Error treatment (linguistics)

From Wikipedia, the free encyclopedia
Jump to navigation Jump to search

In second language acquisition, error treatment refers to the way teachers respond to learners' linguistic errors made in the course of learning a second language.[1] Many error treatment studies seek to address issues like when, how, and by whom such errors should be corrected.


Craig Chaudron (1977) has pointed out four types of treatment:[2]

  • Treatment that creates an autonomous ability in learners to correct themselves on any item
  • Treatment that elicits a correct response from the learners
  • Any reaction/treatment by a teacher that demands improvement
  • Positive or negative reinforcement involving the expression of approval or disapproval


A number of terms are used to discuss the various areas of error treatment, though the differences among these terms are very subtle.


It has characteristics of constructive criticism which may be positive or negative usually from a more informed source.


In correcting errors, correction is a post-production exercise and basically deals with the linguistic errors.[3] Often in the form of feedback, it draws learners' attention to the mistakes they have made and acts as a reminder of the correct form of language.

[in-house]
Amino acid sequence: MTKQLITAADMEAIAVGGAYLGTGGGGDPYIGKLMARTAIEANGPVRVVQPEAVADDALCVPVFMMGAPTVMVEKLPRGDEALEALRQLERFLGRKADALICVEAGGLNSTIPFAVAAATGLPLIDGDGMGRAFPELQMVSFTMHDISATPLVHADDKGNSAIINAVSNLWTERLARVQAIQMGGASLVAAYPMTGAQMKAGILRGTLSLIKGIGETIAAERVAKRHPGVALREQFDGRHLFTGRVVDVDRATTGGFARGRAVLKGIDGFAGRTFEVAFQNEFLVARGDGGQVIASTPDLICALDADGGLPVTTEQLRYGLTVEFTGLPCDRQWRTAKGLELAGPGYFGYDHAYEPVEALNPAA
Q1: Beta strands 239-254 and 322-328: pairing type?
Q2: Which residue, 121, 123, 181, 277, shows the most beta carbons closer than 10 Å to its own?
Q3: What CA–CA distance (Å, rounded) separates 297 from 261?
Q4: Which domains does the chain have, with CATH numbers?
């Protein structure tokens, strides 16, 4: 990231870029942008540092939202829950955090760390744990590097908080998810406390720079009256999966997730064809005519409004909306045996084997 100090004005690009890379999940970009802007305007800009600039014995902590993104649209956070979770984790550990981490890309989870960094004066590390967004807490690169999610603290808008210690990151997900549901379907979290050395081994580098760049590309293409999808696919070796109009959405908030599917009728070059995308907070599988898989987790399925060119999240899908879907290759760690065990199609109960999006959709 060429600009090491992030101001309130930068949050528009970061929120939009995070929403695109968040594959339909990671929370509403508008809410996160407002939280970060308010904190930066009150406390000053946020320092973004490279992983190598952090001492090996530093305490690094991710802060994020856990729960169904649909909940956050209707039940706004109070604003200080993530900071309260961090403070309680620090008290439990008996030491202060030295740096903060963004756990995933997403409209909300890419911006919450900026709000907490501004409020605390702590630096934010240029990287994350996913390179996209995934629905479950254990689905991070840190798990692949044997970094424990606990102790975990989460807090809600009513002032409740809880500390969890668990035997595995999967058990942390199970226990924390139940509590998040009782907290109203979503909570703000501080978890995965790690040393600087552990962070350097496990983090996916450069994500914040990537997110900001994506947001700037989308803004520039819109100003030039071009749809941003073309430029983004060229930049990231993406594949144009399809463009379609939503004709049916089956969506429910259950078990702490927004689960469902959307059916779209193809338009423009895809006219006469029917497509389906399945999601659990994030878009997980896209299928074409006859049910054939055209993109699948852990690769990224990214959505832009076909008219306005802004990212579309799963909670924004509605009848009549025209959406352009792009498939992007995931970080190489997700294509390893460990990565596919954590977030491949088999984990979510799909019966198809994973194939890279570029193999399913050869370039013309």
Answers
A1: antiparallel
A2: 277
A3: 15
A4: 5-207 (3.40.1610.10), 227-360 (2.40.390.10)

Errors that cause "communication difficulties" are likely to be "repaired" either by speaker or listener.[4] The term repair, which includes correction, is an attempt to identify and correct the communication difficulties.

Role of teachers and learners[edit]

The role of teachers and that of learners in correcting errors are of great importance. This tries to answer the question as to who should indicate and fix the error. The phenomenon is known as "self" and "other". Depending on who indicates and fixes the error either in conversation or in classroom, there can be four possible ways of error correction:[5]

  • self-initiated other-completed
  • self-initiated self-completed
  • other-initiated self-completed
  • other-initiated other-completed

According to Van Lier (1988), in naturally occurring conversation, self-initiated and self-completed repair occurs while in teacher-dominated classroom, other-initiated and other-completed repair can be sought for.


Much of the studies on error treatment have focused on the following three issues:[6]

  • the type of errors that should be treated/corrected
  • who performs the correction
  • when and how corrections should be made

See also[edit]


  1. ^ Ellis, Rod (1994). The Study of Second Language Acquisition. Oxford: Oxford University Press. p. 701. 
  2. ^ Craig, Chaudron (January 1977). "A descriptive model of discourse in the corrective treatment of learners' errors". Language Learning. 27 (1): 29–46. doi:10.1111/j.1467-1770.1977.tb00290.x. 
  3. ^ Ellis, p. 584
  4. ^ Allwright, Dick; Bailey, Kathleen M. (1991). Focus on the Language classroom. Cambridge: Cambridge University Press. p. 88. ISBN 0-521-26909-1. 
  5. ^ Allwright, p. 89
  6. ^ Michael Byram, ed. (2004). The Routledge Encyclopedia of Language Teaching and Learning. p. 609. ISBN 9780415332866.